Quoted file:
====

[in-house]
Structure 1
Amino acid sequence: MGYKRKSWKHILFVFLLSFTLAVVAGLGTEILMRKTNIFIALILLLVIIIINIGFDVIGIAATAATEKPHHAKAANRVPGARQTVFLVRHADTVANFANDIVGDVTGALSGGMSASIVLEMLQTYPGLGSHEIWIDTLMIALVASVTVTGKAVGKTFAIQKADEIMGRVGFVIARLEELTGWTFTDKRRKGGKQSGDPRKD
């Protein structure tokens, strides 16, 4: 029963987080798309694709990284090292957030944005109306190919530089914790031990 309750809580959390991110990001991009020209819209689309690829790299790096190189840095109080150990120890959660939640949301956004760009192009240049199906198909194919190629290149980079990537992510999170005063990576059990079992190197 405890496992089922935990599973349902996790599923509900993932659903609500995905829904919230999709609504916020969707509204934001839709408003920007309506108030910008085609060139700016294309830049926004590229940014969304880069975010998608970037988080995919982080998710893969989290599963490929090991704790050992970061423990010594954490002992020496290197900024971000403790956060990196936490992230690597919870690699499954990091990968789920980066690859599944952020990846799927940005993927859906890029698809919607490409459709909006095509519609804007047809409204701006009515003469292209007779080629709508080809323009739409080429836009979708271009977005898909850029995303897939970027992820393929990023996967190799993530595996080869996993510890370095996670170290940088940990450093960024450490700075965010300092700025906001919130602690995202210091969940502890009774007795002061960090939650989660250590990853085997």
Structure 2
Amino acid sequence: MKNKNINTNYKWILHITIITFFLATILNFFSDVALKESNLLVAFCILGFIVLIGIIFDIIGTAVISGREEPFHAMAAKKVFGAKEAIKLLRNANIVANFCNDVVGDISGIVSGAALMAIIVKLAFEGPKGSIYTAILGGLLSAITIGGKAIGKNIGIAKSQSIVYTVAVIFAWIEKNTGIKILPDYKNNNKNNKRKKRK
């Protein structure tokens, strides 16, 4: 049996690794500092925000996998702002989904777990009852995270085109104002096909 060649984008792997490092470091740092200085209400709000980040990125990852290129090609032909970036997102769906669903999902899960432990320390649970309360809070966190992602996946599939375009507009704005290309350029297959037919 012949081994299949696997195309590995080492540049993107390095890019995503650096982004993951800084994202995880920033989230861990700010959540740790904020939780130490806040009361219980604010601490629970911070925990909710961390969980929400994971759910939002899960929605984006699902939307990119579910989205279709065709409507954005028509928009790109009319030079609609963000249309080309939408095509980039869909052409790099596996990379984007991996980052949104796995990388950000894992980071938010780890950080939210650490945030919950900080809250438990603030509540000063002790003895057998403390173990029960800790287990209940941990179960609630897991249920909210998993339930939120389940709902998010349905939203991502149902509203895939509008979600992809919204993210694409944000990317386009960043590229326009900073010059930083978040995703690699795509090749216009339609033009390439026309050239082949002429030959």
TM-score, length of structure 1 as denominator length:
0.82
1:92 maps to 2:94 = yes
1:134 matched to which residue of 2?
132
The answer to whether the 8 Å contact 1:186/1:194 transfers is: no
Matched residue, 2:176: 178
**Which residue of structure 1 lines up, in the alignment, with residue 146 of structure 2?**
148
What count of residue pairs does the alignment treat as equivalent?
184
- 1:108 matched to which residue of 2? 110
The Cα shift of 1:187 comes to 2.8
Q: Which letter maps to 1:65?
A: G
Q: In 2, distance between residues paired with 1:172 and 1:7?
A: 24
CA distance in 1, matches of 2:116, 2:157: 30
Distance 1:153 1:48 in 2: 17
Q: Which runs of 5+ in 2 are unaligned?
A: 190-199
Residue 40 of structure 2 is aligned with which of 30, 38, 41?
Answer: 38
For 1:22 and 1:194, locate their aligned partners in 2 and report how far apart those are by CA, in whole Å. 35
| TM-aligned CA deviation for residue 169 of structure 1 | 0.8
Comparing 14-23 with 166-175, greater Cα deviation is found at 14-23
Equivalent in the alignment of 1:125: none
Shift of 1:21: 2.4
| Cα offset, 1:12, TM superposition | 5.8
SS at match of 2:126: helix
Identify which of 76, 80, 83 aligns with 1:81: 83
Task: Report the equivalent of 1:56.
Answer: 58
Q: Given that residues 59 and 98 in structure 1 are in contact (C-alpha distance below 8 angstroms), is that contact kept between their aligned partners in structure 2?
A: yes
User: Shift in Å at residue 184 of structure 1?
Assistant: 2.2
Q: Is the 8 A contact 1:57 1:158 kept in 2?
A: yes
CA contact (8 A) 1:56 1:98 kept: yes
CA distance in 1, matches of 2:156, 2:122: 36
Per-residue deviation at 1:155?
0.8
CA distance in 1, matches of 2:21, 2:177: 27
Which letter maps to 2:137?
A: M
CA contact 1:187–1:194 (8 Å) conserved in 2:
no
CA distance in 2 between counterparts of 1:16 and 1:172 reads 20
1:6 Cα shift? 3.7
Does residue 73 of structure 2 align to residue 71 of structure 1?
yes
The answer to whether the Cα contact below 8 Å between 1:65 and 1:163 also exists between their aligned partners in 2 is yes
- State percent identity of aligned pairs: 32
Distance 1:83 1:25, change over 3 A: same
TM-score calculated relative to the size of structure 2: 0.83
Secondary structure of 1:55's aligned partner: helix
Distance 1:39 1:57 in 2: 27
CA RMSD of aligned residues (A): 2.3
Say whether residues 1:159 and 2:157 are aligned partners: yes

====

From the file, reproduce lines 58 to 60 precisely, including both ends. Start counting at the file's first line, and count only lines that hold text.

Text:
Does residue 73 of structure 2 align to residue 71 of structure 1?
yes
The answer to whether the Cα contact below 8 Å between 1:65 and 1:163 also exists between their aligned partners in 2 is yes